10 1. Build a body of knowledge of the combinations of supports, services, and interventions that work best to ensure resiliency and stability for children in permanent homes. 2. Assist site to develop innovative, collaborative, culturally responsive, and effective practices that address the needs of the target populations. 3. Assist site to develop appropriate interventions and service- delivery mechanisms that match the needs of children and their adoptive parents or legal guardians and ensure ongoing stability and enhanced well-being. 4.Assist site to conduct a comprehensive assessment to ensure appropriate service intervention. Services will be available, accessible, culturally responsive, and effective to meet behavioral/mental health needs. 10 QIC-AG OBJECTIVES

11 5. Develop, in partnership with the selected tribal site, a system of tribally-driven, culturally responsive evidence- based services that improve permanency and stability outcomes for children in adoptive or guardianship homes; meet the community’s needs; and extend post-permanency supports and services to the post-adoption and guardianship population. 6. Conduct an evaluation with selected site and develop evidence-based model(s) of support and intervention that increase resiliency and assure permanency and stability for children in adoptive and guardianship families. 11 QIC-AG OBJECTIVES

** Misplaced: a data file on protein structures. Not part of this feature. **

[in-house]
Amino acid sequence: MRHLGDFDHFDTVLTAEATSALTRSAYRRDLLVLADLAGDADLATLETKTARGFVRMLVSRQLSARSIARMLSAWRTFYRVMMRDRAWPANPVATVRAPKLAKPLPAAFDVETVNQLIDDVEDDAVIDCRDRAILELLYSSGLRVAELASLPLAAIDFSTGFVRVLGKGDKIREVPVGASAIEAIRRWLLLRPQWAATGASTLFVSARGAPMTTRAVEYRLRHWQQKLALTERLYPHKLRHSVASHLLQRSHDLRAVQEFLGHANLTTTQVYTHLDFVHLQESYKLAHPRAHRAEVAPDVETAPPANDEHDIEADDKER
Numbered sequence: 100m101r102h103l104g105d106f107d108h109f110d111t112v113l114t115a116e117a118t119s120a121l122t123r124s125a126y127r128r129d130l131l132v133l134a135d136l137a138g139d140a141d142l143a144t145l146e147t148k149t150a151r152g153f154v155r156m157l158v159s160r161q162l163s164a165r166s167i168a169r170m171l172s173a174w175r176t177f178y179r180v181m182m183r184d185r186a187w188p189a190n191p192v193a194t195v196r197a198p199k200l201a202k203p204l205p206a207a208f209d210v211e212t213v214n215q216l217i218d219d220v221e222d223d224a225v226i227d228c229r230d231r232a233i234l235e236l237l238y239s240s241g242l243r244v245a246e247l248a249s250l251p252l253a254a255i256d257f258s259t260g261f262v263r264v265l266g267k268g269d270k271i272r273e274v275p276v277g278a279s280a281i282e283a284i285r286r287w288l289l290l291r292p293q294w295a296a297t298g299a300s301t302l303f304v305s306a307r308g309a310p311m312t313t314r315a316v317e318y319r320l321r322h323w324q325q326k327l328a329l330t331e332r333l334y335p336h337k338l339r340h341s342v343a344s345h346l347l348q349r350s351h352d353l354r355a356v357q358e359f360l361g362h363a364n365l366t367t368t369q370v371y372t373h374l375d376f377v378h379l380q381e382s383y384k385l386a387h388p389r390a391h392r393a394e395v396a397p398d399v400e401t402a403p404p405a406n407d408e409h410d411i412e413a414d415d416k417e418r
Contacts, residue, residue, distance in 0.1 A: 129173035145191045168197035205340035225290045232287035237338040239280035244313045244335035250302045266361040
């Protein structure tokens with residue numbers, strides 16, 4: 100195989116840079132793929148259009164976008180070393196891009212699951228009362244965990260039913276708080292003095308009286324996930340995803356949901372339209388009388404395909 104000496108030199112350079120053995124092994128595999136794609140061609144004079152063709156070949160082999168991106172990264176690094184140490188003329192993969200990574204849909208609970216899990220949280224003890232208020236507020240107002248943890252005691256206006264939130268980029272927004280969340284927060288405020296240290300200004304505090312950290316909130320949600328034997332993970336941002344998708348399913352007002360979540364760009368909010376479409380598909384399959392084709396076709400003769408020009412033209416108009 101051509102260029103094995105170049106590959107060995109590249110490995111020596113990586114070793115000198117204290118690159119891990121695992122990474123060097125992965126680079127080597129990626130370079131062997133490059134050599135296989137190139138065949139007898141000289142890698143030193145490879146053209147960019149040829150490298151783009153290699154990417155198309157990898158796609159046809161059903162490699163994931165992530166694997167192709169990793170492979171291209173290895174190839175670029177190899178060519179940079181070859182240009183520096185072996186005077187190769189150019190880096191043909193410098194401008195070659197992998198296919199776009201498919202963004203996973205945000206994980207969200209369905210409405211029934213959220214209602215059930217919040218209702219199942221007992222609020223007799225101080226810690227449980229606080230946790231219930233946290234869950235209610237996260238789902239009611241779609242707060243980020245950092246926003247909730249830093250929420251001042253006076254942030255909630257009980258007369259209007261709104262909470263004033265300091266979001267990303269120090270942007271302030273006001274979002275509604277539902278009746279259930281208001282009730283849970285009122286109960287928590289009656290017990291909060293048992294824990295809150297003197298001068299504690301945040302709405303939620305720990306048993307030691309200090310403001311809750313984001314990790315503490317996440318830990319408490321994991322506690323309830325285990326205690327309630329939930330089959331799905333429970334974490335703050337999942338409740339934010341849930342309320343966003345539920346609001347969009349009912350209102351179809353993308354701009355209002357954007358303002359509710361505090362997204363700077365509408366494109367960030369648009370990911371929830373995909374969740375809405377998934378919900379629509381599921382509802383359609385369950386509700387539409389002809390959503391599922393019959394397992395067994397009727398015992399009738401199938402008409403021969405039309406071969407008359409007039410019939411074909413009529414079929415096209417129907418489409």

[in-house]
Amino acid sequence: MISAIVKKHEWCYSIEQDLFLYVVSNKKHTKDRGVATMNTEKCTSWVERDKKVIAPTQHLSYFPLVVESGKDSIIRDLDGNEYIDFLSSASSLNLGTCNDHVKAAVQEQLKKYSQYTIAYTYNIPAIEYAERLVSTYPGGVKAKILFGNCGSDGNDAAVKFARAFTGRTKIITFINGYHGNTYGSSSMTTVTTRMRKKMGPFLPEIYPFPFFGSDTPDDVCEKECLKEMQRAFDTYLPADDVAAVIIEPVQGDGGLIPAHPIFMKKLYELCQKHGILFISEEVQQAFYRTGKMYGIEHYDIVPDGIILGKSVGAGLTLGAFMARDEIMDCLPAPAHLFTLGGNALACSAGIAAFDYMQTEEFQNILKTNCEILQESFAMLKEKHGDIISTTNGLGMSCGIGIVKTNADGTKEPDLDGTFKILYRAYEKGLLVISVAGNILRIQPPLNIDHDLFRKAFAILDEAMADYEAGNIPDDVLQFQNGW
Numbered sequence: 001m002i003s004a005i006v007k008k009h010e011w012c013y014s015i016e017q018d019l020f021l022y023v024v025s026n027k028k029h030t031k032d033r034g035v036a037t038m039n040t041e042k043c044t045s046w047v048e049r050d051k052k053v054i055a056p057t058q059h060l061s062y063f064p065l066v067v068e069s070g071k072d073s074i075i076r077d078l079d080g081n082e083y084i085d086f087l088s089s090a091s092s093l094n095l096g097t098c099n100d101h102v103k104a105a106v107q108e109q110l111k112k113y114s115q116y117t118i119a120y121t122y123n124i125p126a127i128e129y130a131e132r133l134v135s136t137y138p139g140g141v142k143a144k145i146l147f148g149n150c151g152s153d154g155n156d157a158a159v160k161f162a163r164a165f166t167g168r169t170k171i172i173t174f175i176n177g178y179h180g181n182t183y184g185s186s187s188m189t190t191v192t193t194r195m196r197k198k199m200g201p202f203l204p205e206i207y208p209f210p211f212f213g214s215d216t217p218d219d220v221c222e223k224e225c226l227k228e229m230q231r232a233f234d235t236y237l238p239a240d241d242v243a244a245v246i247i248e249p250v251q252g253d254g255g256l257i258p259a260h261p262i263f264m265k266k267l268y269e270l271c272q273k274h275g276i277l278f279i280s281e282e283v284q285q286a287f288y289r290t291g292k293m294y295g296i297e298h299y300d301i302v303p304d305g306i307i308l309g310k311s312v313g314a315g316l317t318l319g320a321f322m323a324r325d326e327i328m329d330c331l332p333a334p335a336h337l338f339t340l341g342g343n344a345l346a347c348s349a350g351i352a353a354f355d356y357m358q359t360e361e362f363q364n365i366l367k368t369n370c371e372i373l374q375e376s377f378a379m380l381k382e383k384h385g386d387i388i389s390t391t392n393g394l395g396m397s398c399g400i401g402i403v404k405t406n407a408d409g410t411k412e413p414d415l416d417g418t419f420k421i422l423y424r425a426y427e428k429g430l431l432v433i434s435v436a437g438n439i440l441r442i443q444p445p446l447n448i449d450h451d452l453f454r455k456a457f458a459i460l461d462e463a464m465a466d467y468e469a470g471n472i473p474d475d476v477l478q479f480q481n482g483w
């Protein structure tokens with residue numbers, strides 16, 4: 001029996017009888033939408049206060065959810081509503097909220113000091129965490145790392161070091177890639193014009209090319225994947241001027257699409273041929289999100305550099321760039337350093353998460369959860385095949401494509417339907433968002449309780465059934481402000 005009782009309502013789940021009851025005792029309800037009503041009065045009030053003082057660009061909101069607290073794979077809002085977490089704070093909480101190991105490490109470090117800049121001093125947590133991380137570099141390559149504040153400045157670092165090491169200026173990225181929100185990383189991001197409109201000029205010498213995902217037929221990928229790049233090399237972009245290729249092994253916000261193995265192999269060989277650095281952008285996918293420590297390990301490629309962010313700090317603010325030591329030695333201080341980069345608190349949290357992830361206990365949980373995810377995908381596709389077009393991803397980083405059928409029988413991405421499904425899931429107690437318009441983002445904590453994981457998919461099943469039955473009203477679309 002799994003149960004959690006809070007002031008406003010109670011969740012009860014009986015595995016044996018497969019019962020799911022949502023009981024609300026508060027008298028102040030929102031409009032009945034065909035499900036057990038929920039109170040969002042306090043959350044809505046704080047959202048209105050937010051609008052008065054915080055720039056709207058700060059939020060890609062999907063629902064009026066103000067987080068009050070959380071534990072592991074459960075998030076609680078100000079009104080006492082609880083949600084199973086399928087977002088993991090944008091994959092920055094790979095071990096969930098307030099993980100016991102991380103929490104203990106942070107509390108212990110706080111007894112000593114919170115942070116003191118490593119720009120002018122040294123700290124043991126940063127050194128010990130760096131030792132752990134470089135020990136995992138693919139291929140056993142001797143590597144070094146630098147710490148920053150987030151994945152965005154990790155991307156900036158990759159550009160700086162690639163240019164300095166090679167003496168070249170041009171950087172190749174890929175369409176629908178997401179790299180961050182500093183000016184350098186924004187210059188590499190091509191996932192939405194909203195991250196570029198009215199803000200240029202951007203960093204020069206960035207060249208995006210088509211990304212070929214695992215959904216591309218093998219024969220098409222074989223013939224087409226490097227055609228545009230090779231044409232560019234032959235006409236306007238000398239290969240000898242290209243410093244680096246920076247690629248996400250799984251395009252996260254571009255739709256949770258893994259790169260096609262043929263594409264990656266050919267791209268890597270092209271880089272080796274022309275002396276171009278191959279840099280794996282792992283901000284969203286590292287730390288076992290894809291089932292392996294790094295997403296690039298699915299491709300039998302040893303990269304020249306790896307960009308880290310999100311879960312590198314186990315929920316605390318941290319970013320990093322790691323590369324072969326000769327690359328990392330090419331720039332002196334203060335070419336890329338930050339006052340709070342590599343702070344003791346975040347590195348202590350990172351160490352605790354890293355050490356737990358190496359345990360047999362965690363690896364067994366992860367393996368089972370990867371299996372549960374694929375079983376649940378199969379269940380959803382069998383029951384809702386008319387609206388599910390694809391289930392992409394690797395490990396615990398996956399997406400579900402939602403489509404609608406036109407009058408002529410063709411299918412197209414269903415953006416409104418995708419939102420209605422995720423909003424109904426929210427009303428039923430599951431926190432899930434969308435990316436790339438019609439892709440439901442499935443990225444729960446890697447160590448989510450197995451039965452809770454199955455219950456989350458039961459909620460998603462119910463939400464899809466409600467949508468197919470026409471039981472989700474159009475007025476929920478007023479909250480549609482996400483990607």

12  Increased post-permanency stability  Improved behavioral health for children  Improved child and family well- being 12 EXPECTED LONG-TERM OUTCOMES

13  Group 1: Children served by tribal child welfare systems who have challenging mental health, emotional and/or behavioral issues and who are awaiting an adoptive or guardianship placement as well as tribal children in an identified adoptive or guardianship home where the placement has not resulted in finalization for a significant period of time.  Group 2: Children and families served by tribal child welfare systems who have already finalized the adoption or guardianship. This group may include children whose permanent placement has been established by private guardianship, customary adoption and domestic private adoptions. 13 CHILDREN AND FAMILIES TO BE SERVED